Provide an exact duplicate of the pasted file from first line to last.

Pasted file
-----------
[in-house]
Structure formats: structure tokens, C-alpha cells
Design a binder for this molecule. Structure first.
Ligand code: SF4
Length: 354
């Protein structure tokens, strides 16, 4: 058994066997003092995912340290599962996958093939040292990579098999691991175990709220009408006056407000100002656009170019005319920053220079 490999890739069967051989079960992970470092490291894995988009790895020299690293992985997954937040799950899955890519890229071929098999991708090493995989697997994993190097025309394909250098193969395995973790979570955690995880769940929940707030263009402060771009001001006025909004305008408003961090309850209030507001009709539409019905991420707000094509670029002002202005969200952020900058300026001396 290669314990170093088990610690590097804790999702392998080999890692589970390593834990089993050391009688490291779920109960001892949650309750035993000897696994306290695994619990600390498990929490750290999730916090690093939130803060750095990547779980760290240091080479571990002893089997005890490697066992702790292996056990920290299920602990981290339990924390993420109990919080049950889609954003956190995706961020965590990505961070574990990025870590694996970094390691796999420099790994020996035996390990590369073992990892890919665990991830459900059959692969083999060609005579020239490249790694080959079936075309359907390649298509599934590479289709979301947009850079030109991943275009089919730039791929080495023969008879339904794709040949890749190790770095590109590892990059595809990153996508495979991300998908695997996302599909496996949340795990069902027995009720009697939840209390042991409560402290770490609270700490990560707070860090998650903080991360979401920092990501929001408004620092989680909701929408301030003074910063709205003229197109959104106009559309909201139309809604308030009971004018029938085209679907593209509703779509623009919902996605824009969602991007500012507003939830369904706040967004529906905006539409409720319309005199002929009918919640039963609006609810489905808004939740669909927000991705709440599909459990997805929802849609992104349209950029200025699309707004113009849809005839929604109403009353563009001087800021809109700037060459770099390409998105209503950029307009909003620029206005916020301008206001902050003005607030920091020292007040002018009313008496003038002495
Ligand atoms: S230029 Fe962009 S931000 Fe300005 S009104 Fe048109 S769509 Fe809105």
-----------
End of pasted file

[in-house]
Structure formats: structure tokens, C-alpha cells
Design a binder for this molecule. Structure first.
Ligand code: SF4
Length: 354
């Protein structure tokens, strides 16, 4: 058994066997003092995912340290599962996958093939040292990579098999691991175990709220009408006056407000100002656009170019005319920053220079 490999890739069967051989079960992970470092490291894995988009790895020299690293992985997954937040799950899955890519890229071929098999991708090493995989697997994993190097025309394909250098193969395995973790979570955690995880769940929940707030263009402060771009001001006025909004305008408003961090309850209030507001009709539409019905991420707000094509670029002002202005969200952020900058300026001396 290669314990170093088990610690590097804790999702392998080999890692589970390593834990089993050391009688490291779920109960001892949650309750035993000897696994306290695994619990600390498990929490750290999730916090690093939130803060750095990547779980760290240091080479571990002893089997005890490697066992702790292996056990920290299920602990981290339990924390993420109990919080049950889609954003956190995706961020965590990505961070574990990025870590694996970094390691796999420099790994020996035996390990590369073992990892890919665990991830459900059959692969083999060609005579020239490249790694080959079936075309359907390649298509599934590479289709979301947009850079030109991943275009089919730039791929080495023969008879339904794709040949890749190790770095590109590892990059595809990153996508495979991300998908695997996302599909496996949340795990069902027995009720009697939840209390042991409560402290770490609270700490990560707070860090998650903080991360979401920092990501929001408004620092989680909701929408301030003074910063709205003229197109959104106009559309909201139309809604308030009971004018029938085209679907593209509703779509623009919902996605824009969602991007500012507003939830369904706040967004529906905006539409409720319309005199002929009918919640039963609006609810489905808004939740669909927000991705709440599909459990997805929802849609992104349209950029200025699309707004113009849809005839929604109403009353563009001087800021809109700037060459770099390409998105209503950029307009909003620029206005916020301008206001902050003005607030920091020292007040002018009313008496003038002495
Ligand atoms: S230029 Fe962009 S931000 Fe300005 S009104 Fe048109 S769509 Fe809105």